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Choosing the Right Flashlight

Choosing a flashlight may seem straightforward. And for a typical, every day, around-the-house flashlight that you’ll spend $10-20 on that may be true (more or less). But as your needs become more specific and demanding, that flashlight you pull out of the everything drawer isn’t going to cut it. That’s when you’re moving into the realm of the “tactical” flashlight.

The term “tactical” often refers to law enforcement but, depending on the context, it can also refer to other performance factors. The needs of a camper, hunter, spelunker, or law enforcement officer are quite different from one another, but all those users have specific requirements and those are what the term “tactical” answers to.

Types of Flashlights

... Left to right: Spotlight, Lantern, Headlamp, Worklight

Spotlights — The most common type. The most powerful spotlights will pierce through thick smoke and dust. On the other end of the spectrum are common domestic flashlights, but there is a huge range in between. Spotlights usually have a flood mode for widening the beam and lighting more space.

Lanterns — Like an old-fashioned lantern with a flame, a tactical lantern lights up a relatively large area by spreading light in all directions. They can be used for reading or ambient space lighting.

Headlamps — Headlamps provide a focused light source and are great for when you need your hands for other activities (skiing, hunting, caving, etc.). These lights attach to an elastic band that fits around your head. As your head turns, the light will shine wherever you face.

Worklights — Work “flashlights” are very portable lights that can be carried with tools, usually equipped with a stand for positioning

Features to Consider

Output — It might seem obvious but the amount of light a flashlight delivers, measured in lumens (lm), is its single most important feature. A high lumen light, like those used by police or fire fighters, will usually have an output of at least 800 or more lumens (and some go as high as 10,000 lumens). These lights throw powerful beams, designed to cut through smoke and/or light up a wide area. A high output beam is virtually blinding to someone it is aimed at. A more moderate output, adequate for many less extreme tactical uses, would be in the 200-600 lumen range.

Range — Just as important as the maximum output is the available range. Many tactical lights offer multiple settings for different situations. Brighter isn’t always better, especially when used indoors, so settings that allow the user to easily adjust to lighting conditions are very desirable.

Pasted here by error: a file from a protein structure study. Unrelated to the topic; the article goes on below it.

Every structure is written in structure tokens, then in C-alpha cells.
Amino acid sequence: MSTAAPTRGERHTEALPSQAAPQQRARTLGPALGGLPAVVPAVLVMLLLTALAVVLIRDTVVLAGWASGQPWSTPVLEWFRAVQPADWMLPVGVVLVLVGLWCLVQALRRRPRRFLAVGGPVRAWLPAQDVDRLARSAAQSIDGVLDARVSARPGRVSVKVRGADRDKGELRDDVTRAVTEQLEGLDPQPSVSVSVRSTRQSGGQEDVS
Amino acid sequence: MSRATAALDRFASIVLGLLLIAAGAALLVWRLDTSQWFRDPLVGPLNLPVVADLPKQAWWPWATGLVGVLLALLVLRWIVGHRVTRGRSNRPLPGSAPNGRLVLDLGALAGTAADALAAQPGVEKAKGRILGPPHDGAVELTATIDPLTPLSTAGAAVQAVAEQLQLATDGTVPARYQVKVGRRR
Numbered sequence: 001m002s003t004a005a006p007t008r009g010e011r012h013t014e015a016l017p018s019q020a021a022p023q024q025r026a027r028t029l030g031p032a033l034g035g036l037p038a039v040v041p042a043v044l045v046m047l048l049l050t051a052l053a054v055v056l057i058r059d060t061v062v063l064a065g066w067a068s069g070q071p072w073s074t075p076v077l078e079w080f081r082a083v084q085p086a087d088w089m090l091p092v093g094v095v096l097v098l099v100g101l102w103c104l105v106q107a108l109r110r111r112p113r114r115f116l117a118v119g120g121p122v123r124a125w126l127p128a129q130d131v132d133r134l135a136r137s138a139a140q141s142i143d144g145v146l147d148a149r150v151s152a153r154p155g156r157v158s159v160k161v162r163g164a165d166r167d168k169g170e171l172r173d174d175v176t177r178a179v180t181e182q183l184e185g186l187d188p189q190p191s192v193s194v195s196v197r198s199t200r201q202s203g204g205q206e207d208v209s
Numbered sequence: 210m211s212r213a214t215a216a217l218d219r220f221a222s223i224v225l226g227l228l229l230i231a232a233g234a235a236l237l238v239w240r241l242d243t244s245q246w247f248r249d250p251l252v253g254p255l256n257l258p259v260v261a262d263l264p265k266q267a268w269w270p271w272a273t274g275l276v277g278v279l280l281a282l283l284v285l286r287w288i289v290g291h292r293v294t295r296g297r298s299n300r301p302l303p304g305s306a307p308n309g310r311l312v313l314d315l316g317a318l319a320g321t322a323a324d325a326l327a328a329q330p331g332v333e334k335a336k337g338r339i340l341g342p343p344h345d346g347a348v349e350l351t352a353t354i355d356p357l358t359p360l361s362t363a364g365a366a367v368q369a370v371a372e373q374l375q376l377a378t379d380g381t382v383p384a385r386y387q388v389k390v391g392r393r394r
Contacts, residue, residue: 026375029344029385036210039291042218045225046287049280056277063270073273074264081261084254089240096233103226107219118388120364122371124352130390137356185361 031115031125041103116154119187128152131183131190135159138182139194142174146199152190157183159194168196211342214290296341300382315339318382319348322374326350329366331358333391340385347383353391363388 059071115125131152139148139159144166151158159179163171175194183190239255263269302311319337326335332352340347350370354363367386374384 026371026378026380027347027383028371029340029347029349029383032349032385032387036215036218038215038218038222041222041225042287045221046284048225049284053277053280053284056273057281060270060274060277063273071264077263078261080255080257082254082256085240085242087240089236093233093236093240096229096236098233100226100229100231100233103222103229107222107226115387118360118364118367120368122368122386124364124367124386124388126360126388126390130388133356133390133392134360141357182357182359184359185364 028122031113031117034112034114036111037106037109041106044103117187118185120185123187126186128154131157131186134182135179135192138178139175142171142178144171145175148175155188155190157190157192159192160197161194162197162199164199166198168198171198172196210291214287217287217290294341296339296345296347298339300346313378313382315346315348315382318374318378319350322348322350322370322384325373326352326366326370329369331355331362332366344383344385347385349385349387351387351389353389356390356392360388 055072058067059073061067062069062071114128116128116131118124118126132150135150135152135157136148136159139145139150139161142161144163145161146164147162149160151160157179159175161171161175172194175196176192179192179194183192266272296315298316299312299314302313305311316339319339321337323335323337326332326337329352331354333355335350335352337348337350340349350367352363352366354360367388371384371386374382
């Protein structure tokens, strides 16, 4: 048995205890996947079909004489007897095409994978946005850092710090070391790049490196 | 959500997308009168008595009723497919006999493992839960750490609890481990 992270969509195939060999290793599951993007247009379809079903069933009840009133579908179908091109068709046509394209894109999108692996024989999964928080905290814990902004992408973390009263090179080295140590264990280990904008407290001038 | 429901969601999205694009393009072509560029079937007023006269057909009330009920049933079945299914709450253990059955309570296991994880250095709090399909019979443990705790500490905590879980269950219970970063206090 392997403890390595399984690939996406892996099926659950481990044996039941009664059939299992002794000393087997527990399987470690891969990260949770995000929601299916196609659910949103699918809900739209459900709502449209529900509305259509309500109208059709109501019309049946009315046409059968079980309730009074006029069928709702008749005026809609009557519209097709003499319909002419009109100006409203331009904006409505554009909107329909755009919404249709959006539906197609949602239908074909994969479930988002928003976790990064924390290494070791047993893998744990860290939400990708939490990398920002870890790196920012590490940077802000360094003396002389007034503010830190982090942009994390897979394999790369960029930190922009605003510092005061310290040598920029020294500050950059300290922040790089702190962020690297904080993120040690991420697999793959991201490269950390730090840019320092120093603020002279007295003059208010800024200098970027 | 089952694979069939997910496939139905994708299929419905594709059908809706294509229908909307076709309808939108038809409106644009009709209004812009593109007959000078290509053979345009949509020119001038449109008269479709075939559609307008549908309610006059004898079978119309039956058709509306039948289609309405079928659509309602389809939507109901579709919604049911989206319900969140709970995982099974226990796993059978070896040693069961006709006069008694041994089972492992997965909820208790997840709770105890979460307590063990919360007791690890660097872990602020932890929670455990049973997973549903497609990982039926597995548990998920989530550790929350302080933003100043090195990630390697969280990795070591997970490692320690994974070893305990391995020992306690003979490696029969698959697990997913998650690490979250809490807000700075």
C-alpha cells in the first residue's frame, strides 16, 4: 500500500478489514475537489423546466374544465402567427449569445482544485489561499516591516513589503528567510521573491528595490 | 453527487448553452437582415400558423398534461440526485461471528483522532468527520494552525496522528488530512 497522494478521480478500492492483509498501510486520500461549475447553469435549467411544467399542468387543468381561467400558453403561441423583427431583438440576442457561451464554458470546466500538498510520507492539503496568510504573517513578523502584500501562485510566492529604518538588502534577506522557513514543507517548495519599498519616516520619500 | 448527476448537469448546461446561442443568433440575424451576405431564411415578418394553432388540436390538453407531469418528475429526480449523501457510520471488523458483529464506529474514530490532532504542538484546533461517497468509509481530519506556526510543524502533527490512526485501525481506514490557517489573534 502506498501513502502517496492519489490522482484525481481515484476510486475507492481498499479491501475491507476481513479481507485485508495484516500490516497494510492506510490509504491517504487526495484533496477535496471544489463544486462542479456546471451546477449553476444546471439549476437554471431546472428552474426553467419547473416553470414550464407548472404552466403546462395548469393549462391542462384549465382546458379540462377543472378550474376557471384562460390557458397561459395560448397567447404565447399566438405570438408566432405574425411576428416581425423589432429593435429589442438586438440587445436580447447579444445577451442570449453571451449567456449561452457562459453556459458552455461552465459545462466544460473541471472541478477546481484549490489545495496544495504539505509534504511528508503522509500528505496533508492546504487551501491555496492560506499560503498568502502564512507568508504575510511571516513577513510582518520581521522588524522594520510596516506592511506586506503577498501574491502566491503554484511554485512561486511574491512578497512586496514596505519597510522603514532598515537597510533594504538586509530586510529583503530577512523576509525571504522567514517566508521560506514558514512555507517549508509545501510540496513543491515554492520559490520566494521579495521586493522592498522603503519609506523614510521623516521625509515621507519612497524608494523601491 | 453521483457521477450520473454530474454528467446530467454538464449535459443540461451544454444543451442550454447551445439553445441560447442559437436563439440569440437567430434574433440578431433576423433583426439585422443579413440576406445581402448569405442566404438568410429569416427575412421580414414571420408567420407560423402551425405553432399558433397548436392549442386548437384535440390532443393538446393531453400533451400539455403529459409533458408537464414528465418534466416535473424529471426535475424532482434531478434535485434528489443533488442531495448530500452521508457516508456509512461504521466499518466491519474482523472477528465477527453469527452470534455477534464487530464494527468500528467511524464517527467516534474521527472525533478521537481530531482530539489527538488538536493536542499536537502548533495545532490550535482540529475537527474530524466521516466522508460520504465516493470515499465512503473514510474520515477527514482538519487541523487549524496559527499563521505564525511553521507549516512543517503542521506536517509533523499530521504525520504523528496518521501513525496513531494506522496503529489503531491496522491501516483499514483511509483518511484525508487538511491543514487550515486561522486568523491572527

Beam Distance — You might assume that the higher the lumens, the farther the beam will travel, but that isn’t always the case. A very narrow, focused beam reaches the farthest, but it throws very little ambient light in its laser-like path. So, a light that is made for beam distance may very well have a greater beam distance than a higher lumen light with a more multi-purpose design.

Beam Type — The two basic beam types are Spot (narrow beam with long reach) and Flood (wide beam with short reach). Many tactical lights are adjustable and allow for transitioning between the two beam types, usually by twisting the head. But some lights are dedicated Spots or Floods.

Bulb Type — LED (Light Emitting Diode) bulbs now rule the field. So, the only point here is that if anyone tries to sell you a flashlight with incandescent or xenon bulbs, you should pass. They are comparatively expensive (if not, it’s only because the seller is trying to unload them), get very hot, and drain batteries quickly.

Size — This is an essential consideration. A flashlight that doesn’t need to be carried on your person (but lives, for example, in your vehicle) has no practical size limitation. Whereas a camper or cave explorer will place a high value on their light being compact and light. If you need to carry it externally—on a belt or piece of clothing—look for clips that make it easy to access.

Materials — One thing you won’t see on a tactical flashlight is a lot of plastic. A plastic casing is the hallmark of a household flashlight (usually with nothing more than an on/off switch). Tactical flashlights are made of heavier, more durable materials (aluminum, titanium, stainless steel). If minimizing weight is essential, there are composites and polymers available, but they are not as durable.

Battery Life — Make sure you understand the battery platform you are buying into and what the options are. Whether you use disposable or rechargeable, you probably need extras on hand if you are planning on sustained use. Rechargeable batteries are more expensive up front, but may prove less expensive over the lift of the flashlight.

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